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    Drawing vs Painting

    Hey I was just wondering, what would be a good ratio to practice drawing versus painting? It's sort of a dilemma I'm having, I'm guessing more painting than drawing (but I should invest in both)?

    Another unrelated question....how do you achieve vibrancy in painting? Using more saturated colors and calming it down with neutrals? For example, I know that blue is most intense when it's dark, and red is most intense in its mid-value range....so would you look out for things like that when making a painting? Like if you see a dark blue shadow, you would capitalize on that by making it more saturated? Or, is it just the use of multiple colors that harmonize well together?

    i.e.



    Richard Robinson's painting.

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    Painting is just drawing with another layer of complexity on top of it. So, if you have any doubts at all about your drawing skills, spend most of your time drawing.


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    I'm fairly confident with my drawing skills (with charcoal and graphite at least), it's just color I'm not used to. I have a better understanding of value now....it's the color that's confusing me a bit. I guess I should just be aiming to match the color I'm seeing rather than thinking of 'what would make this look more colorful/moody?' I guess I'm just a bit confused on color choices for certain scenes...I want to aim for a more vibrant style.

    I think I'm going to do 1/3 drawing and 2/3 painting for where I'm at now. We'll see how that goes.

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    Quote Originally Posted by Deadlyhazard View Post
    I'm fairly confident with my drawing skills
    Really?


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    I wouldn't worry about it. In the end, it almost always comes back to drawing- but sometimes you need to paint a while before you realize it.

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    Nobody can tell you what ratio would work best for you, and there's only one way to find out. Everyone learns differently. For some people, they paint in pretty much the same manner as they draw. For others, or even for the same person in a different scenario in a different mood, it's a completely different experience. Though dose said it pretty well, I think.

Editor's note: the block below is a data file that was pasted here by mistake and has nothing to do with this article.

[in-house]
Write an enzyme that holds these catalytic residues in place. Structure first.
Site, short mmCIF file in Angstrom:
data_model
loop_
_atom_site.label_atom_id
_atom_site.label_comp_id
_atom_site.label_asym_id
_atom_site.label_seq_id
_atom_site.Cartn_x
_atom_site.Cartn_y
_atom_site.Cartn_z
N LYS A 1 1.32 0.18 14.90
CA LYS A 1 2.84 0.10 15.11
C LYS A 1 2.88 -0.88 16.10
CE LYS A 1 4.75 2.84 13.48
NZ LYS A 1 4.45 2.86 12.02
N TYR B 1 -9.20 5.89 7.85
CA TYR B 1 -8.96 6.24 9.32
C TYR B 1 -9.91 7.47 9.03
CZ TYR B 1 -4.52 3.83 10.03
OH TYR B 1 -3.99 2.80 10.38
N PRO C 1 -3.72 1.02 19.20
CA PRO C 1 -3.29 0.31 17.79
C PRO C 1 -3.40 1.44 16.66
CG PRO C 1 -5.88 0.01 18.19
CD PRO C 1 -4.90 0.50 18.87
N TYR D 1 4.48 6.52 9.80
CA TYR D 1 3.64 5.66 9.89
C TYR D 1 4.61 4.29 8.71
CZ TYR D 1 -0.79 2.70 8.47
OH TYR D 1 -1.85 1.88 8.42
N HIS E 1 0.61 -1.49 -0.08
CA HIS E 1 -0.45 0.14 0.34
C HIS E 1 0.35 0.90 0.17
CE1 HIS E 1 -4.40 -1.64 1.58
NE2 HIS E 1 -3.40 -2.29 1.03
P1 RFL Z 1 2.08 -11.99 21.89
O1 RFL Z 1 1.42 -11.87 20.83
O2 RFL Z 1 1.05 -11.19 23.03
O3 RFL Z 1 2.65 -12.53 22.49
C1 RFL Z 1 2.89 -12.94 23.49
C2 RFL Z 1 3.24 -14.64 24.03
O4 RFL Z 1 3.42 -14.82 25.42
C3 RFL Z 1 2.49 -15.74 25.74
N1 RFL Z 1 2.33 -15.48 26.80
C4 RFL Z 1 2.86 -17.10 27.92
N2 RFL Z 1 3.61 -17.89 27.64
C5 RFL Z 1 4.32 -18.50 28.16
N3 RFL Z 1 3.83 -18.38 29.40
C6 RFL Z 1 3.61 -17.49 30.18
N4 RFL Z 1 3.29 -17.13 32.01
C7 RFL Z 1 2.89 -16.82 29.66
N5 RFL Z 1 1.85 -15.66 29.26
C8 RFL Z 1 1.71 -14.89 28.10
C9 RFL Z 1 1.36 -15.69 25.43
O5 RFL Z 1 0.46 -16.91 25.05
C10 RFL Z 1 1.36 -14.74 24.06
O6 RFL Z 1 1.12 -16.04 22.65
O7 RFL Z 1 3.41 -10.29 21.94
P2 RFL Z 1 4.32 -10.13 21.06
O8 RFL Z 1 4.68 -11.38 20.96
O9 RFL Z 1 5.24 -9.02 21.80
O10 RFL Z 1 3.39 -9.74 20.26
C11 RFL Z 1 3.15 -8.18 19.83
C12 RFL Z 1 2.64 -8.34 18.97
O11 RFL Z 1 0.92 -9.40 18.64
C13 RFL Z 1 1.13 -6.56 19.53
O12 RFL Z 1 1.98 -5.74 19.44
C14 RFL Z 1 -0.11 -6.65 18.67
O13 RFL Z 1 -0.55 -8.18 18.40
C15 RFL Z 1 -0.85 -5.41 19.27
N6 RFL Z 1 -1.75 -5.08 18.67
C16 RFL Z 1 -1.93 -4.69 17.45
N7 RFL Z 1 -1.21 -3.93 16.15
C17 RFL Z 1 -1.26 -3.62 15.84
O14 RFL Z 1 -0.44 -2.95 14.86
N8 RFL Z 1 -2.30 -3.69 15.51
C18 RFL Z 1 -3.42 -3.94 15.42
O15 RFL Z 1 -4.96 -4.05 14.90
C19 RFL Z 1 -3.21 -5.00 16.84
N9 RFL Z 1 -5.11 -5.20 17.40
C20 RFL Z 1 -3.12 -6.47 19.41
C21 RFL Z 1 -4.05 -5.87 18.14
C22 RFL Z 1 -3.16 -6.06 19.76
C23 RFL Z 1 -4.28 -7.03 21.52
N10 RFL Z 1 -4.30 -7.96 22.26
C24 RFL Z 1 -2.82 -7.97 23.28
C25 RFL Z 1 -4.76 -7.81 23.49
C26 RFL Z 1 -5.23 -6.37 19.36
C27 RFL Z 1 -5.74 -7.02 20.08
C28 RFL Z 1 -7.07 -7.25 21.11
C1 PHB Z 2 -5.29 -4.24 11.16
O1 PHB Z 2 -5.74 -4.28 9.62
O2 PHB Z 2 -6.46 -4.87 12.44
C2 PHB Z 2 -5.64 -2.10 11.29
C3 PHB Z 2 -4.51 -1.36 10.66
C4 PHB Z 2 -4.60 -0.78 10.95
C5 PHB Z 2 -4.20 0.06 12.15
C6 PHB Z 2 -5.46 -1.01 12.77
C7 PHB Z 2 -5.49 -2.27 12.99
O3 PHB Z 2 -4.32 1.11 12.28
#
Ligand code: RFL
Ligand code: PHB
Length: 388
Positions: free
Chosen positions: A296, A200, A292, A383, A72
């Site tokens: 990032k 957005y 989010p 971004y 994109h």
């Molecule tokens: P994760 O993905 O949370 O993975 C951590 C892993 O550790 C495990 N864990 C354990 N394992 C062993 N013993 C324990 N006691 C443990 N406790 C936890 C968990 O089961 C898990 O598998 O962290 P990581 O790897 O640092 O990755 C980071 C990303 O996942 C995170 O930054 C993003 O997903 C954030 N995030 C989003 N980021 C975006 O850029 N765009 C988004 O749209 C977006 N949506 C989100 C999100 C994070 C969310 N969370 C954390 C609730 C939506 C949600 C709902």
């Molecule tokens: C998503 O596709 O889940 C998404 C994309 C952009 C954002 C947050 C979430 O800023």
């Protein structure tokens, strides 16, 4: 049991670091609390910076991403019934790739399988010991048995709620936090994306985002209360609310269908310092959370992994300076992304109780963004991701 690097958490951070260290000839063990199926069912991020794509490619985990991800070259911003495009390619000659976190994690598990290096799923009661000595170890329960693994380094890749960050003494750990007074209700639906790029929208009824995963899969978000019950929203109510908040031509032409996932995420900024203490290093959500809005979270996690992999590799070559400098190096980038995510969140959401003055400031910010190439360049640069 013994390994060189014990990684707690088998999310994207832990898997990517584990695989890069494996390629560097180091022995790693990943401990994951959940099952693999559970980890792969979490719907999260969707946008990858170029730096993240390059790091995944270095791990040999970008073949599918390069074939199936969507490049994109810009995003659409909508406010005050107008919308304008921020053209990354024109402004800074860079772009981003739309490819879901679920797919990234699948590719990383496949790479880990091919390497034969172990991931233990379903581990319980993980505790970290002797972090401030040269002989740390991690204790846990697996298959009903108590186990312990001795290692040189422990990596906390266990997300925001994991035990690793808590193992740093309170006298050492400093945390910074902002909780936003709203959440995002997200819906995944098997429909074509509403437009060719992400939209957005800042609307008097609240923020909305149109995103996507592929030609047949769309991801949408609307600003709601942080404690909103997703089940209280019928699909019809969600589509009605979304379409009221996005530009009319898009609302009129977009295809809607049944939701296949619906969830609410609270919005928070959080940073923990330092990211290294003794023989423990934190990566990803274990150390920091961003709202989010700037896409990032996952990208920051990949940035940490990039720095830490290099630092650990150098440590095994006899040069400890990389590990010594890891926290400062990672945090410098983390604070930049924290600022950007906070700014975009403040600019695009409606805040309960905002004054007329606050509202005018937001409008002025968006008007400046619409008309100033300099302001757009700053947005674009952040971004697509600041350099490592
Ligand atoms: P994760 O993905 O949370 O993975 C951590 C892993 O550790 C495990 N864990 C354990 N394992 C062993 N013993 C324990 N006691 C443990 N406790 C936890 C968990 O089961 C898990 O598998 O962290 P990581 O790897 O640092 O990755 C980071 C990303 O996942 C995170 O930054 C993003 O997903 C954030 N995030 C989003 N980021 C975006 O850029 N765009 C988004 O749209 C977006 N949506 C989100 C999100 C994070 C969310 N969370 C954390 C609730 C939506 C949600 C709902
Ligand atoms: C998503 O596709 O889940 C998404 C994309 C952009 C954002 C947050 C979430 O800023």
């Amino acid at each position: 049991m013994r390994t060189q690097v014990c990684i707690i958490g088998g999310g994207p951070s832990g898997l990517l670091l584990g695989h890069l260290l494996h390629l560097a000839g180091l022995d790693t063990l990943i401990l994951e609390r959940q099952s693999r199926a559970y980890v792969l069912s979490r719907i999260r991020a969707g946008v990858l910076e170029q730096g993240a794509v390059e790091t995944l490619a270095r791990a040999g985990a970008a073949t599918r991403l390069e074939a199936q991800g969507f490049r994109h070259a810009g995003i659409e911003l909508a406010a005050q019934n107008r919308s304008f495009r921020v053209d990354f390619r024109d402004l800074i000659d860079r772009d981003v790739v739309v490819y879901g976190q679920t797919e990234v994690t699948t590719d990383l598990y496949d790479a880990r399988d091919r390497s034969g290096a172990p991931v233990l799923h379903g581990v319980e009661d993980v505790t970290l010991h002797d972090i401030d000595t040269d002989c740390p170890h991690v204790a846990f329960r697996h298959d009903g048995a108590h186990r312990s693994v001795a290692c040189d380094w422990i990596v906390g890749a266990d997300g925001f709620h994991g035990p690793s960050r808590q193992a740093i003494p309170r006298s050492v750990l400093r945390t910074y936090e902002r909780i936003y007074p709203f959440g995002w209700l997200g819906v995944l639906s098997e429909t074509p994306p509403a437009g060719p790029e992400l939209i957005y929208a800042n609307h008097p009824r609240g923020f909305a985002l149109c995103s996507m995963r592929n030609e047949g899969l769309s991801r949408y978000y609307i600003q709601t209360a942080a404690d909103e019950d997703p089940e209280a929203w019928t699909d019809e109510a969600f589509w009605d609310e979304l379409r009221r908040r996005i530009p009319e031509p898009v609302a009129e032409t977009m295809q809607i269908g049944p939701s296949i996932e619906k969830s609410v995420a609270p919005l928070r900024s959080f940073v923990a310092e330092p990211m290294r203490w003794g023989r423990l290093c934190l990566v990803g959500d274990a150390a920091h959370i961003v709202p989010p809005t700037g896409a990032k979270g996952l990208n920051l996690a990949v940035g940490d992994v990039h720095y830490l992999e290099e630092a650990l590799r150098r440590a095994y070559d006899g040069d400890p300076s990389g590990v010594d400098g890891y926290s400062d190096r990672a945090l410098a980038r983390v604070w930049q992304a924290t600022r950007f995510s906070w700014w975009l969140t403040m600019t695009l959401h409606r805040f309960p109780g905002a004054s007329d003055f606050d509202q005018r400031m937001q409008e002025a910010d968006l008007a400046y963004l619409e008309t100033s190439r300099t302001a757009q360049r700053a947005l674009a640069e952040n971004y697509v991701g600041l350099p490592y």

That being said, I think planning or dividing shit up into "1/3 of my time doing this", or "60% of my practice time spent with graphite, 20% painting with oils, 15% getting distracted by threads with a NSFW tag, and 5% making coffee" is silly.

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    I have found it always to question preconceived notions. The saying goes "In a world of black and white, there are many shades of gray."

    Someone asks you "Do you like Coke or Pepsi?" I blow their mind with "I like both."

    "Huh? You can't like both! It's an A OR B question." Is it possible to like both? Sure. They both have unique flavors and characteristics, but people get so focused on comparing one to the other, that they never think that the 2 can also be complimentary, equal, or different by occasion.

    I have an issue with having a 1-track mind, and these exercises where I get myself to see in the larger picture have helped me objectively.

    Drawing and Painting seem to share responsibilities in art. Drawing has helped me with shape and form, painting has helped me give depth and life to my work. If someone asked me "do you draw or paint?" I'd say "both!".

    "Doing something half-assed more than once just makes you more of an ass."
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    Quote Originally Posted by Elwell View Post
    Really?
    Far from professional but enough to where I think I should start painting. Maybe I should upload some stuff from traditional to show where I'm at to make a judgment?

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    You have a link to your sketchbook in your sig so we (and Elwell) can see where you are at drawing wise without you posting work here.

    Nobody is saying that you shouldn't touch colour, but more drawing than painting wouldn't hurt.

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    Yeah but that's all digital stuff from photography. I haven't uploaded any of my traditional stuff from life, mainly because I lost my digital camera . I don't really draw in photoshop well and when I do it just feels weird and slippery compared to pencil/charcoal on paper. Maybe I'll try to find my camera? It looks a lot better than what I post in there...IMO.

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    Alright its unfinished and unblended but still gives a bit of an idea of where I'm at. It was darker than what the stupid flash camera recorded(don't know how to turn off flash on this one) but it still shows what's pretty much there. Am I at a level where I should transition to both drawing and painting from life?

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    Drawing is putting the right shaped, sized mark in the right place. It doesn't stop when you put down a pencil and pick up a brush. Drawing never stops.